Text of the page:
Of course, nothing has really happened yet. Some activists, such as South Africa’s Enoch Chilemba, don’t think anything ever will, citing what they see as “a murky mix of public, donor-friendly rhetoric and voter-friendly inaction” as a sign that Banda is “unlikely to take a potentially ‘unpopular’ gamble by repealing anti-gay laws and recognizing gay rights ahead of the polls.” There is no doubt that donor-friendliness plays a sizeable role in all of Banda’s political decisions – around 40% of Malawi’s annual budget comes from foreign aid, and the country’s lack of natural resources, and increasing reliance on tobacco exports in a falling market, suggest that this won’t change anytime soon. On top of that, Banda inherited a set of international relations disasters, taking office less than a year after the U.S. and Britain both suspended budgetary aid to Malawi following police killings of unarmed protestors and Mutharika’s expulsion of the British ambassador. Banda has launched a full-scale “diplomatic offensive” to regain funding, respect, and support from the international community. Given the world’s response to the Chimbalnga/Monjeza case and others like it, and recent, very clear statements from the US and the UK regarding gay rights equaling human rights and human rights equaling foreign aid, making those rights a stated priority is certainly a shrewd move; Banda acknowledged as much during her original address, when she referred to “traditional development partners who were uncomfortable with our bad laws.”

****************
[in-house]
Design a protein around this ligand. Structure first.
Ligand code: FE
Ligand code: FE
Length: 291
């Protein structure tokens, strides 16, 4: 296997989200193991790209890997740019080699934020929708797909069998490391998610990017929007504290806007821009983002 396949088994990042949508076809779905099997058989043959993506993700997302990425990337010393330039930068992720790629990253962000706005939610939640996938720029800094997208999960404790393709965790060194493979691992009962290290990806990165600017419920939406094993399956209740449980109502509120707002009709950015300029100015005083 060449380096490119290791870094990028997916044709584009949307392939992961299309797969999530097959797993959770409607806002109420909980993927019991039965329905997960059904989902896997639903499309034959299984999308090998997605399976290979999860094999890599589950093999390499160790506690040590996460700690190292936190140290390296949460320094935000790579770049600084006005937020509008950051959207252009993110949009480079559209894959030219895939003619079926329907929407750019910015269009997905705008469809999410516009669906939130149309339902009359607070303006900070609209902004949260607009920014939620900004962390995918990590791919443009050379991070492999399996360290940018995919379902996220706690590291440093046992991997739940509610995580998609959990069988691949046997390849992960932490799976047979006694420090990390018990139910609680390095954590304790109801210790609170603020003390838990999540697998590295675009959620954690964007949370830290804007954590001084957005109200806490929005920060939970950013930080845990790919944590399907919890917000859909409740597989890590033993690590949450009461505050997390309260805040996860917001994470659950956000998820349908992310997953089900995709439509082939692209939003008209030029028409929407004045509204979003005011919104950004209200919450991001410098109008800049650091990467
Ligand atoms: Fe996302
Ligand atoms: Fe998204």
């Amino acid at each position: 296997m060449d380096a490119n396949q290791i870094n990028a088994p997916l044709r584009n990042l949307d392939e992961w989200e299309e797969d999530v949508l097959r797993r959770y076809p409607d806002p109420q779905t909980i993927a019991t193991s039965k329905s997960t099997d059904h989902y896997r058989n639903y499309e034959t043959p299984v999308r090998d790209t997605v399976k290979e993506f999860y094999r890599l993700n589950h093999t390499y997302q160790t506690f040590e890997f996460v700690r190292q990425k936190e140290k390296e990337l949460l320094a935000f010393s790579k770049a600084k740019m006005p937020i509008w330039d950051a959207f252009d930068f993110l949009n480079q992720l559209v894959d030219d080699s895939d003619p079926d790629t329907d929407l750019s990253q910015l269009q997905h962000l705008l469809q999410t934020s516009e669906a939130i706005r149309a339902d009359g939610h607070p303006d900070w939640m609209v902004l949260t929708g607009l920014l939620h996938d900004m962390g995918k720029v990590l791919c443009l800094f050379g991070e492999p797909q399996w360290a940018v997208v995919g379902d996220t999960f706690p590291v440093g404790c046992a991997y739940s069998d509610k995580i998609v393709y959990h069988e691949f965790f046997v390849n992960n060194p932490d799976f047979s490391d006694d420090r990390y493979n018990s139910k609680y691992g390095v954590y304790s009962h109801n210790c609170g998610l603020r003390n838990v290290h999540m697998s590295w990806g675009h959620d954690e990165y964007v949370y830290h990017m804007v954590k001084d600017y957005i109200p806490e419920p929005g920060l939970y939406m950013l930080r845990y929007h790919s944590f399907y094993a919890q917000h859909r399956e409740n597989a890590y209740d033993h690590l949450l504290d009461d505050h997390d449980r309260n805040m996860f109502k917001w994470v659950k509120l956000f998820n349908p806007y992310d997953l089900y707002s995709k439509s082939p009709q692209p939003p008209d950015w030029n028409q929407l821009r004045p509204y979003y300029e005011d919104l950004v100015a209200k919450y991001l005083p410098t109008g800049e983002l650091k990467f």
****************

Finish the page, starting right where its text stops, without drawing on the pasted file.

Whether this translates into actual action remains to be seen. But Banda’s professional and political history show a true commitment to human rights, as well as an ability to follow through on unpopular decisions. Before she got into politics, Banda was a mother of three living in Kenya, trapped in a bad marriage by financial dependence. Inspired by the country’s burgeoning women’s movement, she left her husband and started a series of successful businesses. After that, hoping to “help other women achieve financial independence and break the cycles of abuse and poverty,” she founded a school for underprivileged children, an association for aspiring businesswomen, and a leadership network for young girls, in the process becoming one of Malawi’s “most visible champions of gender equality” (and one of its most eloquent and insightful, too, as this quotation attests:)